Several limitations of our study must be acknowledged. First, this was a retrospective study, thus there was no standardized treatment protocol or surgical technique. Second, our patient sample size is also small, similar to the other studies on the distal type of CSA. However, the distal type of CSA is a rare condition, and it is quite difficult to collect large numbers of cases for a study.

Conclusions

We have reported on the patients' clinical characteristics and the surgical results obtained in 17 cases of the distal type of CSA. The distal type of CSA is a rare condition that is characterized by weakness of the hand muscles. It is important to differentiate CSA from conditions such as motor neuron disease and peripheral nerve disorders. Our results indicate that most of the patients in this case series suffered from impingement of the anterior horn of the spinal cord, and surgical outcome was fair in about half of the case series.

Acknowledgments

We are grateful to all the staff of the Nagoya Spine Group for allowing us to study their patients, and we also wish to thank I. Yamauchi for his assistance with data collection and Isaac Karikari, M.D., for assistance with the manuscript preparation.

Disclosure

The authors report no conflict of interest the materials or methods used in this study or the findings specified in this paper.

Author contributions to the study and manuscript preparation include the following. Conception and design: Imagama, Tauchi. Acquisition of data: Tauchi, Inoh, Yukawa, Kanemura, Sato, Sakai, Kamiya, Yoshihara, Ito, Ando, Muramoto, Matsui, Matsumoto, Ukai, Kobayashi, Shinjo, Nakashima, Morozumi. Drafting the article: Tauchi. Critically revising the article: all authors. Reviewed submitted version of manuscript: all authors. Approved the final version of the manuscript on behalf of all authors: Imagama. Study supervision: Ishiguro.

This article contains some figures that are displayed in color online but in black-and-white in the print edition.

References

  • 1

    Ando T: [The signs and symptoms of cervical spondylotic amyotrophy.]. Sekitsui Sekizui 22:110411092009. (Jpn)

  • 2

    Brain WRNorthfield DWilkinson M: The neurological manifestations of cervical spondylosis. Brain 75:1872251952

  • 3

    Fujiwara YSumida TFujimoto YTanaka N: [Posterior decompression for cervical spondylotic amyotrophy.]. Sekitsui Sekizui 22:112511322009. (Jpn)

    • Search Google Scholar
    • Export Citation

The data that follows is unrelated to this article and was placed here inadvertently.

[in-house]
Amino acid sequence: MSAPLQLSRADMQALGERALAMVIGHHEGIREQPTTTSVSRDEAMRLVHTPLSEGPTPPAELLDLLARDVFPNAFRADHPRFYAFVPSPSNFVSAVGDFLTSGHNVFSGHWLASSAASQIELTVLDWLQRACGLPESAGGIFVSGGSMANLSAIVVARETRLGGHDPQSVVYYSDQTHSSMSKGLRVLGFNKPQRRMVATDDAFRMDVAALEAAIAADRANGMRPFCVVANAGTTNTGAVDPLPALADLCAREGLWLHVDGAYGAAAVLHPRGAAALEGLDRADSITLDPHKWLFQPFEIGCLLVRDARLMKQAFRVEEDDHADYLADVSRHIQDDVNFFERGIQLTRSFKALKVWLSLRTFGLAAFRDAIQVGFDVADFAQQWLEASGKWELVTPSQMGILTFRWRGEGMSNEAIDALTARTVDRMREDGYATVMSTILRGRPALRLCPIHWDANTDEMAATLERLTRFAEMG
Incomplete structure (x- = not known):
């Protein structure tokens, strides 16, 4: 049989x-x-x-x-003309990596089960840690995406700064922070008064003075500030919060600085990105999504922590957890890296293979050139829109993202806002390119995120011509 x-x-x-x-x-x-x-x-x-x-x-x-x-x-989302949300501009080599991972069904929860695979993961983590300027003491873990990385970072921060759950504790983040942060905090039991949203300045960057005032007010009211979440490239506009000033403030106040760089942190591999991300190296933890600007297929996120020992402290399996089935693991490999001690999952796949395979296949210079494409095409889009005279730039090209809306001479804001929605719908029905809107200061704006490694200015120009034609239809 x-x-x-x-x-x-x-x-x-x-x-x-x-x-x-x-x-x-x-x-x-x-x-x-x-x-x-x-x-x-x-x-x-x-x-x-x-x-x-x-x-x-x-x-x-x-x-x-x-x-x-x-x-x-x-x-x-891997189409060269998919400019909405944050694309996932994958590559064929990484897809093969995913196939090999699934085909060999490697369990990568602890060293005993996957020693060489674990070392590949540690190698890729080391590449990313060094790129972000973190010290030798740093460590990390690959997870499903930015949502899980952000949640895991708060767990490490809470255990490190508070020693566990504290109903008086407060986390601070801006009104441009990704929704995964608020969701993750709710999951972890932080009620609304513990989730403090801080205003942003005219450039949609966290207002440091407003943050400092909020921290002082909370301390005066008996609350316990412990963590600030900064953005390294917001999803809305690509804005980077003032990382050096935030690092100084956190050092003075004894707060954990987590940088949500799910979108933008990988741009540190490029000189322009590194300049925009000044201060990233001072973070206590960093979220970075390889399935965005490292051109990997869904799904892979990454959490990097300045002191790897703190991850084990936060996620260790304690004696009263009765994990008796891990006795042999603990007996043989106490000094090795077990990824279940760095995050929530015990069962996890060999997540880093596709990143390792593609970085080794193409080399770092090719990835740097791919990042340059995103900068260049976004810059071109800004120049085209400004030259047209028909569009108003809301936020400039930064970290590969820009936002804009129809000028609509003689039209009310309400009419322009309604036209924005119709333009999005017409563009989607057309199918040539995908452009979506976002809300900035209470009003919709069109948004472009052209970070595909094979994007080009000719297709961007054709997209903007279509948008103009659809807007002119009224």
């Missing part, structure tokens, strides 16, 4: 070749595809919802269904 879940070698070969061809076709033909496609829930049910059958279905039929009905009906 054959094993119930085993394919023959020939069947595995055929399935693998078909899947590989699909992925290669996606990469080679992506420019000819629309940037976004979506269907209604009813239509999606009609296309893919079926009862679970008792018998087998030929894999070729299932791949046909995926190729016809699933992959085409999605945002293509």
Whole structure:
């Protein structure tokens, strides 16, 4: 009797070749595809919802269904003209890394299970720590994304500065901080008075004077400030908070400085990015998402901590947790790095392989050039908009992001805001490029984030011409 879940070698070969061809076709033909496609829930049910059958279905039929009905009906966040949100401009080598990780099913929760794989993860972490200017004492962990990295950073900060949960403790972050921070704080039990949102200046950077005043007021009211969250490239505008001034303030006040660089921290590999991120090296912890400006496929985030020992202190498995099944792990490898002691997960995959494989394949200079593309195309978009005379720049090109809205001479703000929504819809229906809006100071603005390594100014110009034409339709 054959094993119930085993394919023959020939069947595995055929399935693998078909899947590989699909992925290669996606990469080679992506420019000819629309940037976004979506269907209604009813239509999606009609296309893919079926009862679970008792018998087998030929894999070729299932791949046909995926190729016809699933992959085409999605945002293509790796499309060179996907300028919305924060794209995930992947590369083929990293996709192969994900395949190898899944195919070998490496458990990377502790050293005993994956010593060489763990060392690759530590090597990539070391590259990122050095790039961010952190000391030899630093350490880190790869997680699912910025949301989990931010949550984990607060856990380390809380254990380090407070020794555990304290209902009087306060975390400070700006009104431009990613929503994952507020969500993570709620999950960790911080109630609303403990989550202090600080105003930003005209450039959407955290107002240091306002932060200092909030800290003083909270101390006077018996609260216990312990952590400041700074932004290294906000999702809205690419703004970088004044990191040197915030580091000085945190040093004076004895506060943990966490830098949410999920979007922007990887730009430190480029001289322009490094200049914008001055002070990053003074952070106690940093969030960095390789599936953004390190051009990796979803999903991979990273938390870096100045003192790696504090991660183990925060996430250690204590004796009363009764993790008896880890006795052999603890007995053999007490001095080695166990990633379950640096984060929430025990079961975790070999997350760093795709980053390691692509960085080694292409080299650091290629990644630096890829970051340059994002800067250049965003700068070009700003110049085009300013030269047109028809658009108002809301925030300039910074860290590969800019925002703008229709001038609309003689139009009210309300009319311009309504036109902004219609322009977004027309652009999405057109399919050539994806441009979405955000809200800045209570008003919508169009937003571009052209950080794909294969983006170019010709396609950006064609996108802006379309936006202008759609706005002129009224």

• 4

    Fujiwara YTanaka NFujimoto YNakanishi KKamei NOchi M: Surgical outcome of posterior decompression for cervical spondylosis with unilateral upper extremity amyotrophy. Spine (Phila Pa 1976) 31:E728E7322006

    • Search Google Scholar
    • Export Citation
  • 5

    Inui YMiyamoto HSumi MUno K: Clinical outcomes and predictive factors relating to prognosis of conservative and surgical treatments for cervical spondylotic amyotrophy. Spine (Phila Pa 1976) 36:7947992011

    • Search Google Scholar
    • Export Citation
  • 6

    Kaneko KTaguchi TToyoda KKato YAzuma YKawai S: Distal-type cervical spondylotic amyotrophy: assessment of pathophysiology from radiological findings on magnetic resonance imaging and epidurally recorded spinal cord responses. Spine (Phila Pa 1976) 29:E185E1882004

    • Search Google Scholar
    • Export Citation
  • 7

    Keegan JJ: The cause of dissociated motor loss in the upper extremity with cervical spondylosis. J Neurosurg 23:5285361965

  • 8

    Nakashima HUchida KKobayashi SYayama TBaba H: [Pathology of proximal and distal type cervical spondylotic amyotrophy.]. Chubu Seisai 52:5015022009. (Jpn)

    • Search Google Scholar
    • Export Citation
  • 9

    Srinivasa Rao NVRajshekhar V: Distal-type cervical spondylotic amyotrophy: incidence and outcome after central corpectomy. Clinical article. J Neurosurg Spine 10:3743792009

    • Search Google Scholar
    • Export Citation
  • 10

    Tanaka Y: [Drop fingers caused by cervical radiculopathy.]. Sekitsui Sekizui 18:5785832005. (Jpn)

  • 11

    Tauchi RImagama SInoh HYukawa YKanemura TSato K: Risk factors for a poor outcome following surgical treatment of cervical spondylotic amyotrophy: a multicenter study. Eur Spine J 22:1561612013